Earlier this week, Egypt's Defense Minister Abdul Fattah al-Sissi sent a set of unmistakably potent messages, which put the army firmly at the heart of the Egyptian scene.
Sissi's recent statements pointed to a new social, media and psychological redeployment for the army, making it the centerpiece of the state.Abdullah Kamal
At the same gathering, the defense chief distanced the army from the country's political tensions, rebuffing calls from opponents of the ruling Muslim Brotherhood for the military to "step in" and stage a coup. "If the army has to move, this movement will not be for a short time. It may extend for 40 years," he said.
Egypt had been ruled by four presidents with a military background for six decades starting from 1952. In June last year, Mohammed Mursi, who hails from the Muslim Brotherhood, became Egypt's first democratically elected president.
Officials from the Brotherhood did not hide their happiness at Sissi's reassuring remarks, as the group was feeling worried about increasing calls on the army to topple the Islamist regime whose popularity rates have dropped amid a dilapidated economy.
However, the jubilant Islamists seem to have lost notice of one key message in the defense chief's statements. Sissi projected an image of a self-confident commander holding the balance of the state, with a powerful army standing behind him. At one point, he threatened intervention to safeguard "the people's legitimacy". In other times, he counseled patience, prodding different political powers to come to terms among themselves to end the country's political deadlock.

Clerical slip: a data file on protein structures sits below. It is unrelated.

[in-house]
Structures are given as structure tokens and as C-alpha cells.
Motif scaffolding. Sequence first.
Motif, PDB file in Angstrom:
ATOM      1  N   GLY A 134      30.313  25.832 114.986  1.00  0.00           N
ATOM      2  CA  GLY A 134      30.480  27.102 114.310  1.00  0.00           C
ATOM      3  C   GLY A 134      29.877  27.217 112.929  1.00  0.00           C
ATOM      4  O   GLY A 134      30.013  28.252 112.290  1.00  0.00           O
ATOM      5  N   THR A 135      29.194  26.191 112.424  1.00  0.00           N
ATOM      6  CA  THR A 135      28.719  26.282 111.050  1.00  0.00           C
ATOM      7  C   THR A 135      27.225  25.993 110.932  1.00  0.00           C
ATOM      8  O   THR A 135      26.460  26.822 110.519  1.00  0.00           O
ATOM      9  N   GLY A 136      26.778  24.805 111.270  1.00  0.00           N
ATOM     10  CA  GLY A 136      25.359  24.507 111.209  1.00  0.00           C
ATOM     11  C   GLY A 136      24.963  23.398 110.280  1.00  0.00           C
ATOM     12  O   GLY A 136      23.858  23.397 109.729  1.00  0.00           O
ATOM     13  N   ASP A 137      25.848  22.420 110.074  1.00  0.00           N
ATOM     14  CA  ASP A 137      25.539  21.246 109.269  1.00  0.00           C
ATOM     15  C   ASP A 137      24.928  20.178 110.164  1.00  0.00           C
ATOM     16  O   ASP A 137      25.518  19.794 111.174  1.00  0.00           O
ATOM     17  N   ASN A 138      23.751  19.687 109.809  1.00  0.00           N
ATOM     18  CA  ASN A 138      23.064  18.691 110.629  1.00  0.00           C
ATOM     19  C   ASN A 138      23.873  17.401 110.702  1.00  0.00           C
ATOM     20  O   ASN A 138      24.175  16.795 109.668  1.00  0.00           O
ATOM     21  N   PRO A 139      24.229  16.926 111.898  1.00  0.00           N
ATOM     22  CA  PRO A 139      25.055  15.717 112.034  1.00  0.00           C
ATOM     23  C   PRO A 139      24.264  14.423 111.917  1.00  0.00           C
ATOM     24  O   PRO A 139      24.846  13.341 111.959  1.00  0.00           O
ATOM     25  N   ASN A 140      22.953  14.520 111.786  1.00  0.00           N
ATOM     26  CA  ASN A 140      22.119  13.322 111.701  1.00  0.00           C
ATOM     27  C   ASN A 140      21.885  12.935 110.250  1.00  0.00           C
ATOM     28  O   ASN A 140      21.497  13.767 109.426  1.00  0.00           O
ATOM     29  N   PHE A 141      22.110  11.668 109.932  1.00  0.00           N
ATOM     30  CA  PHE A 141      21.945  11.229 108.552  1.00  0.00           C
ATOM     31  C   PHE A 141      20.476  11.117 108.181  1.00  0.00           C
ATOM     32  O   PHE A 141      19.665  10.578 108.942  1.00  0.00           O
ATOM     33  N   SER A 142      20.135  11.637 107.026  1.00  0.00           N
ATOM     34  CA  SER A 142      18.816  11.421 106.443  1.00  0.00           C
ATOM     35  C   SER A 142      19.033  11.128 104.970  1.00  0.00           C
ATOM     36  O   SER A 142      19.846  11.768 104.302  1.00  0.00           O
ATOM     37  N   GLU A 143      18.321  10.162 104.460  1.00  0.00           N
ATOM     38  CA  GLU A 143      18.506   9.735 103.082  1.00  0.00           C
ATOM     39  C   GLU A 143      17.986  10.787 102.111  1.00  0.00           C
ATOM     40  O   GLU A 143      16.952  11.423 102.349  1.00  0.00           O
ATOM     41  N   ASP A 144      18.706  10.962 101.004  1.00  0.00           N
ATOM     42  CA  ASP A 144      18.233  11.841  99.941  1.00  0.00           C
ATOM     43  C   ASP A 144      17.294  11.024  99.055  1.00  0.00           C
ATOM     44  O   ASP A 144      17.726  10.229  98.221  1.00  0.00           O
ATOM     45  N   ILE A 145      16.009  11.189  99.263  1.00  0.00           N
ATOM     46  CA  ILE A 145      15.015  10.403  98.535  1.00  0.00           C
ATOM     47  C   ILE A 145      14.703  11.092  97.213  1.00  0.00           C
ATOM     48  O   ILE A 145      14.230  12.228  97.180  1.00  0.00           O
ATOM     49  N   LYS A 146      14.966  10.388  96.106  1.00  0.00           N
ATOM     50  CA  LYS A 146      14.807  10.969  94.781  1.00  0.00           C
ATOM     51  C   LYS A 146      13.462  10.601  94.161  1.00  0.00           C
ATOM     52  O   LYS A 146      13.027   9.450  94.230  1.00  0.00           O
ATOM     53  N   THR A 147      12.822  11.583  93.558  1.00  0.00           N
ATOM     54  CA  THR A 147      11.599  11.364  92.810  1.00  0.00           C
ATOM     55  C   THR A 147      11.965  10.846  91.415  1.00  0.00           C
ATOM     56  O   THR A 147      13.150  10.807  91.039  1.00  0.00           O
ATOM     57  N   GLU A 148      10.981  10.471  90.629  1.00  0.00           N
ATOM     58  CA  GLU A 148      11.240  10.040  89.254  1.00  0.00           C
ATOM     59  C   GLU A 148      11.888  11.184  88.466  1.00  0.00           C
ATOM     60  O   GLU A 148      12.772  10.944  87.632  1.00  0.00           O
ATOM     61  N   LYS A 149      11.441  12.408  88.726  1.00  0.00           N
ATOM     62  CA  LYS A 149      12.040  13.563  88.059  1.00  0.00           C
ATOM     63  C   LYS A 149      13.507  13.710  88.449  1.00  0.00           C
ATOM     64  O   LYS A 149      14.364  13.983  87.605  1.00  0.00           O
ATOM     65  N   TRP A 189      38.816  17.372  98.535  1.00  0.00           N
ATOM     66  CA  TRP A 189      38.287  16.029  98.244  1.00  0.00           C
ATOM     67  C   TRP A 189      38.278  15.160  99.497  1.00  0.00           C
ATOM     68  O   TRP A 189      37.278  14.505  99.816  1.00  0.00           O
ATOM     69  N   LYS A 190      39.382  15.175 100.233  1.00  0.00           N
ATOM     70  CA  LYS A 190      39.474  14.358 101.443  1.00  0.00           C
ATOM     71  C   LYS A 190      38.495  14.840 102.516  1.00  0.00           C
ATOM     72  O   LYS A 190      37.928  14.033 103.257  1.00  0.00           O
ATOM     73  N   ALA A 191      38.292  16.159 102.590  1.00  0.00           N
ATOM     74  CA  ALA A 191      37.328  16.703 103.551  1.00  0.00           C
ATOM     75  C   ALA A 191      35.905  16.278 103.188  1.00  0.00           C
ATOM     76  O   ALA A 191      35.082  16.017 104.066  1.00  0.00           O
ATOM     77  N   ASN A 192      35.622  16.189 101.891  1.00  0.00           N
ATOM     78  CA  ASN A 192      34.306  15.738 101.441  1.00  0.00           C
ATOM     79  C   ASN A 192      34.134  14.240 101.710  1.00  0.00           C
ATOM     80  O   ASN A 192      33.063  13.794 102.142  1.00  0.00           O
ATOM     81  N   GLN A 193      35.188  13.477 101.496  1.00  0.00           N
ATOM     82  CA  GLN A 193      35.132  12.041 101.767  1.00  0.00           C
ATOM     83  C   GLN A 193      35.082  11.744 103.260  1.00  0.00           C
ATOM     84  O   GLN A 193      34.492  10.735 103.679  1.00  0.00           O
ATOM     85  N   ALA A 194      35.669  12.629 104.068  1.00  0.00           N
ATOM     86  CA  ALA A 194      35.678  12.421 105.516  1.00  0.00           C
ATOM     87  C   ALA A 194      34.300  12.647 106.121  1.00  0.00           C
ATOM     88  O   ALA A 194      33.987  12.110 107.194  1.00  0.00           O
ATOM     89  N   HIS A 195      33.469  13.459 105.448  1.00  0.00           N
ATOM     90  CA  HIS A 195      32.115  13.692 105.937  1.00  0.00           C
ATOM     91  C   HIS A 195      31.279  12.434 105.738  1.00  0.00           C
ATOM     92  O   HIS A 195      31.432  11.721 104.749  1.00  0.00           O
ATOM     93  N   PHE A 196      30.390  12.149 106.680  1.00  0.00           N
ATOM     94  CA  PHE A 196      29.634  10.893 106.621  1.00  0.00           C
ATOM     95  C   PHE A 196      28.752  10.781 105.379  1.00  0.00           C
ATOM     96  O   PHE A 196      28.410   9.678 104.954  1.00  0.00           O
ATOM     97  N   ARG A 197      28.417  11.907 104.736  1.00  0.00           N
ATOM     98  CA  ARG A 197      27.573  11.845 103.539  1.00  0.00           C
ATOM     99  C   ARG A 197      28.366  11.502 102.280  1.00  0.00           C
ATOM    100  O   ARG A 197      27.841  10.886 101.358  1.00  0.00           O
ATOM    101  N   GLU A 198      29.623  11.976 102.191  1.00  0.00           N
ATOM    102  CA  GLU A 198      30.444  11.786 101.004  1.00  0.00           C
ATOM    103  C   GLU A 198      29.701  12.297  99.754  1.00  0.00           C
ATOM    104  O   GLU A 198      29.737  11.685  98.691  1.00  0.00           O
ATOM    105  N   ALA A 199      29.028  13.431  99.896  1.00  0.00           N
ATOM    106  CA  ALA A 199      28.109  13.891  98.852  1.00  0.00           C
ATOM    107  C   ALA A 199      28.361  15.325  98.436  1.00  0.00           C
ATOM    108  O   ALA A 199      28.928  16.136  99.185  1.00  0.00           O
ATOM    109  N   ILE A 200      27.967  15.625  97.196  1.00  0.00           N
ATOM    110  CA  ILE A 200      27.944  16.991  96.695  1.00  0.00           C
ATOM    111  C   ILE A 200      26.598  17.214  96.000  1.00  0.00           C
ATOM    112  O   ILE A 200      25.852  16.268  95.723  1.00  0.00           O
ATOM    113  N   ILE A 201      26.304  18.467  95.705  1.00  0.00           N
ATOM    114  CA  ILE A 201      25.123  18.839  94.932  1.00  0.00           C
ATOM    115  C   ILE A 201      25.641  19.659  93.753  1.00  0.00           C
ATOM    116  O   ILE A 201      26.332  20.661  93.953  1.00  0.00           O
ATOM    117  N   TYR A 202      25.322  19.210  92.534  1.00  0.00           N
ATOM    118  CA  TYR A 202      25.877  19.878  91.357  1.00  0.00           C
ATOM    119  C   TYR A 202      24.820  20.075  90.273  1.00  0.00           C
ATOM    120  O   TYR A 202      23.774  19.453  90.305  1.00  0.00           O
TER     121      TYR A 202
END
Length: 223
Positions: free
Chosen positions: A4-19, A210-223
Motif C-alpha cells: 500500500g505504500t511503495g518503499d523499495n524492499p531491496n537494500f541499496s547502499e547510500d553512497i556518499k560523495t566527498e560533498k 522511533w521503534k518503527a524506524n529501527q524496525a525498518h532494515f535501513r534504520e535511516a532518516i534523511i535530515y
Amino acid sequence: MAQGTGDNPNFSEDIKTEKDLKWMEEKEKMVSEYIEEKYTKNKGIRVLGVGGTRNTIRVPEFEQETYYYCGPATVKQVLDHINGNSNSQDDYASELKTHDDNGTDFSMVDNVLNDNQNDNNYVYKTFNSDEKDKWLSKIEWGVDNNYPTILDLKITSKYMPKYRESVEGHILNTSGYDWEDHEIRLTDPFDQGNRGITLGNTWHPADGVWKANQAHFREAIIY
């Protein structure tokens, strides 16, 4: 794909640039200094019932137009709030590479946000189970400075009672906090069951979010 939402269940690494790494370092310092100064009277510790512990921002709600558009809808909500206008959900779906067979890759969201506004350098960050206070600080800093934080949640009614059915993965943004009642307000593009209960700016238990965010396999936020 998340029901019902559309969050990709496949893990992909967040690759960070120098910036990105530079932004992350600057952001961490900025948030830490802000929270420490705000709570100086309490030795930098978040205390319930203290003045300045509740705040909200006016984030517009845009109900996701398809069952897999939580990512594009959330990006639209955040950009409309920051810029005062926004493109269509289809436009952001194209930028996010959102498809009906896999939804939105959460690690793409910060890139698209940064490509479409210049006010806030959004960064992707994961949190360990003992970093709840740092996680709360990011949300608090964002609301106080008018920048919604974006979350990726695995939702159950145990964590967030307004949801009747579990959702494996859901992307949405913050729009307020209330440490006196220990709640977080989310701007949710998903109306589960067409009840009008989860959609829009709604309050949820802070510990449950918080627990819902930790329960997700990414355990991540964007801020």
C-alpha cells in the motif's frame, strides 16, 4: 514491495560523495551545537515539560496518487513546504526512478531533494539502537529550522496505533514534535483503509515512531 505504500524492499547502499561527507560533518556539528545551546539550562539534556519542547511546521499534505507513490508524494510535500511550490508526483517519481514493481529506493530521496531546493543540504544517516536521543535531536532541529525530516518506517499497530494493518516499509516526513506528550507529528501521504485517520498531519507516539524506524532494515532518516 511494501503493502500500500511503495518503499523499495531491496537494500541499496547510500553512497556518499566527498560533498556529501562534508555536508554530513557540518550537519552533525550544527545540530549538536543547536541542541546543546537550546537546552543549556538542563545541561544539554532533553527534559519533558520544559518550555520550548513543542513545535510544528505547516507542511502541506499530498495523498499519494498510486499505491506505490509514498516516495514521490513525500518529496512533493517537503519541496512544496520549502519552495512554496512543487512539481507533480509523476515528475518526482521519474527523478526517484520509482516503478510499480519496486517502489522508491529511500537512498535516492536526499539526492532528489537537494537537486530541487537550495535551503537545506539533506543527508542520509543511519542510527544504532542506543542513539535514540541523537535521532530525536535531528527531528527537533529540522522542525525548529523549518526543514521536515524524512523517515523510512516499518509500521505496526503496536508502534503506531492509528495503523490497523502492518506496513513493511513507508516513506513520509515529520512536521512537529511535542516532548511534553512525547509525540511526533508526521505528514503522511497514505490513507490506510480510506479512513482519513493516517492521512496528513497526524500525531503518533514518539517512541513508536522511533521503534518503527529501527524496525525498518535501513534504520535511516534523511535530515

Egypt has for months bogged down in a sharp dispute pitting the secular-leaning opposition against President Mursi and his Islamist allies.
Significantly, Sissi at the recent gathering ignored mentioning the Islamist president and highlighted the power of the army. The first-of-its kind gathering was held inside an army camp outside Cairo, a place that symbolically underscored the overwhelming presence of the army on the Egyptian stage despite the defense minister's insistence that the military is unwilling to make a political comeback.
The military governed Egypt in a turbulent transitional period that ran from February 2011 – following Hosni Mubarak's ouster in a popular revolt—until the army handed over power to Mursi on June 30, 2013.
In November last year, I wrote an article commenting on Mursi's sacking of the then defense minister Hussein Tantawi—the former military ruler-- whom he replaced with al-Sissi. In that piece, I described the move as a "political redeployment for the Egyptian army" that I said was poised to carry out "repositioning" to emerge as the "guardian of the state".